When our oldest was 4 years old (and after four easy-going, simple years), for no apparent reason, he began having trouble doing things that had been easy for him in the past (birthday parties, swimming lessons, going to a friend’s house).   The poor guy struggled for about a year before starting school, until it really came to a peak when he flat out refused to go to school.  He actually went so far as to run out the door and up the street, heading for home.  Absolutely no amount of coaxing (and by that I mean both bribing AND/OR threatening!) worked to change his mind. At this point, we realized we weren’t equipped to deal with this on our own, so we sought help at our local children’s hospital mental health department – amazing folks and after a very short time (3 sessions!), our son was off to school, armed with several strategies he could use to help him deal with his anxiety and worries.  Problem solved.

Fast forward 7 years – our oldest daughter (now 11 years old), who is incredibly social and not afraid to talk to anyone(!),  suddenly started to become super-sensitive to physical sensations (heart racing, sudden increase in body temperature, etc) she’s feeling in certain situations.  This heightened sensitivity started to bring on panic attacks out of the blue and as a result, she started balking on activities and events that had always brought her much enjoyment and happiness.  Because of what we went through with our oldest, we felt we were pretty well-skilled regarding how to deal with an anxious child, but also found that the tools and strategies we used for a 4 year old weren’t necessarily transferable to a  pre-teen…so back we go in search of help from the local children’s hospital mental health department!  We’re now participating in a parent/child group session program aimed at helping anxious pre-teens get through their everyday lives just like everyone else.

In our quest to help our kids get through this, there are several key things we’ve learned – here are five of what we consider to be the most important:

1. Don’t be afraid to seek outside help – and by that, I mean outside of all of the “experts” in your extended family and friends (because there will be no shortage of folks you know who want to pass on their “expert” opinion!).  Anxiety issues that are causing your child to want to avoid (key word) situations and/or are starting to interfere with your child’s everyday life can potentially lead to more serious issues as they get older.  There are so many child psychologists who are real experts in the field – find one!  It works!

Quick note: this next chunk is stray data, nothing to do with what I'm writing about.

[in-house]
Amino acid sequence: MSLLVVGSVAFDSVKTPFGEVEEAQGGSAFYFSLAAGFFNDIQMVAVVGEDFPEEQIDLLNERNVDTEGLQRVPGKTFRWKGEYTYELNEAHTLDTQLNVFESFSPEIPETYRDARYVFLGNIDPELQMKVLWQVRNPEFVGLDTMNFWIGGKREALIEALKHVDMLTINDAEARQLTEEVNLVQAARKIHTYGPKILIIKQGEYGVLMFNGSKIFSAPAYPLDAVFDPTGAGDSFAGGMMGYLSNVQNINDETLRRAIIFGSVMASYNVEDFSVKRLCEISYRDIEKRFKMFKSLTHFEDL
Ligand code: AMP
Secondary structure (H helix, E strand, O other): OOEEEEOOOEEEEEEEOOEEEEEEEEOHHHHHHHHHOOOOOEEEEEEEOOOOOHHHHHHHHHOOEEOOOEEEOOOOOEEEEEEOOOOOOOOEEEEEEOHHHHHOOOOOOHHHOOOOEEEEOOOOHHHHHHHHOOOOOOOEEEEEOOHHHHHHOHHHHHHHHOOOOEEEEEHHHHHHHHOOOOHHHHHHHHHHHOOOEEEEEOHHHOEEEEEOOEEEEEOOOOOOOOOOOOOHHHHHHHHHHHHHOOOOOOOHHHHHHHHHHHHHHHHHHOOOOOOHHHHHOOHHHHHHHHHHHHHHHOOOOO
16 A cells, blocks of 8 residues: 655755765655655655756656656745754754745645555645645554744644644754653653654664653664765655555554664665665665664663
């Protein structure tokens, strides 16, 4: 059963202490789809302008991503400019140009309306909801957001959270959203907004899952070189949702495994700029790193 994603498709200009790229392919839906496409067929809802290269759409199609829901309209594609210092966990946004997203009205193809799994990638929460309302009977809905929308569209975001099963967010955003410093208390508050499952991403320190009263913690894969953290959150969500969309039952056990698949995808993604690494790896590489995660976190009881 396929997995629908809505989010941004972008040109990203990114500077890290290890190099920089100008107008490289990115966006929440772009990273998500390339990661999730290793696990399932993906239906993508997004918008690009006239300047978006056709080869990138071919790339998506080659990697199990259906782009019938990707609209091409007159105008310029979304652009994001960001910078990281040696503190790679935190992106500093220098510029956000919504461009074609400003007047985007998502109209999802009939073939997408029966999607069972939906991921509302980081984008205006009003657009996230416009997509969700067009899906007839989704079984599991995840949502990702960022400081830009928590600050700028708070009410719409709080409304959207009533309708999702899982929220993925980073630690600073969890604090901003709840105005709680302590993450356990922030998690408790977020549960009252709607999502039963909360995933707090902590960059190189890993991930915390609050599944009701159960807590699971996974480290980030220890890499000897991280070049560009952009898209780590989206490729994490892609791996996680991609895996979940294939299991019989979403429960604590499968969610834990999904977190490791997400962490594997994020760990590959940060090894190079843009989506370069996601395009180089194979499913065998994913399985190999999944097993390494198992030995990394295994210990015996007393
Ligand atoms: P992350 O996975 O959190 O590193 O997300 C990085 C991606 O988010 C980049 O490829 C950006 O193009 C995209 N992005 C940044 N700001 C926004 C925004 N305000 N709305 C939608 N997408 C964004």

2. Read as much as you can on the subject – there are so many great books available and it really does help to see things in writing. Our favorite is Keys to Parenting Your Anxious Child, by M.D., Katharine Manassis

3.  Be supportive – recognize any successes your child achieves (no matter how small they might be), help your child by being consistent with your expectations (don’t tell them they have to go to school one day and then tell them it’s okay to stay home the next), and reinforce the tools and strategies they learn along the way.

4. Try to be patient – this may sound easy, but I can honestly say this can be a very difficult point to remember.  Dealing with an anxious child (or children) is very exhausting and can sometimes seem impossible.  It will try your patience and sometimes feel like the frustrations associated with it will never end, but try to remember how very real the fears/feelings are to your child and how difficult it must be for a young person to try and sort through them.  Try counting to ten when you feel like you can’t take anymore!

5. Hang in there…your kids are so worth it!

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7 Rhetorical Questions I Can’t Stop Asking!

I walked into the living room a few days ago and it looked like something exploded! My head (of course!) started to spin since I had already tidied it (at least) several times that very day. I asked, “Why can’t they put something away before they get something else out?!”…my husband answered with, “Too many rhetorical questions!” I realized he’s right…and out popped an idea for a blog post! I made a list and here are 7 of my most common ones:frazzled-lady1

1. Why do they have to leave every light in the house on…

2. Why can’t they wipe the counter when they’re finished…

3. Why don’t they ever flush the toilet?!?…

4. Why don’t they answer the phone when it rings…

5. Why can’t they answer me after the first time I call them…

6. Why do they go through so much toilet paper….and…

7. Why don’t my questions annoy them enough to stop doing this stuff?!?

Of course, the answer to all of these rhetorical questions is simply because they’re kids! And I love them for it…but putting it to paper helps to ease my stress level a teeny bit!

Any particular rhetorical questions you find yourself asking now and then??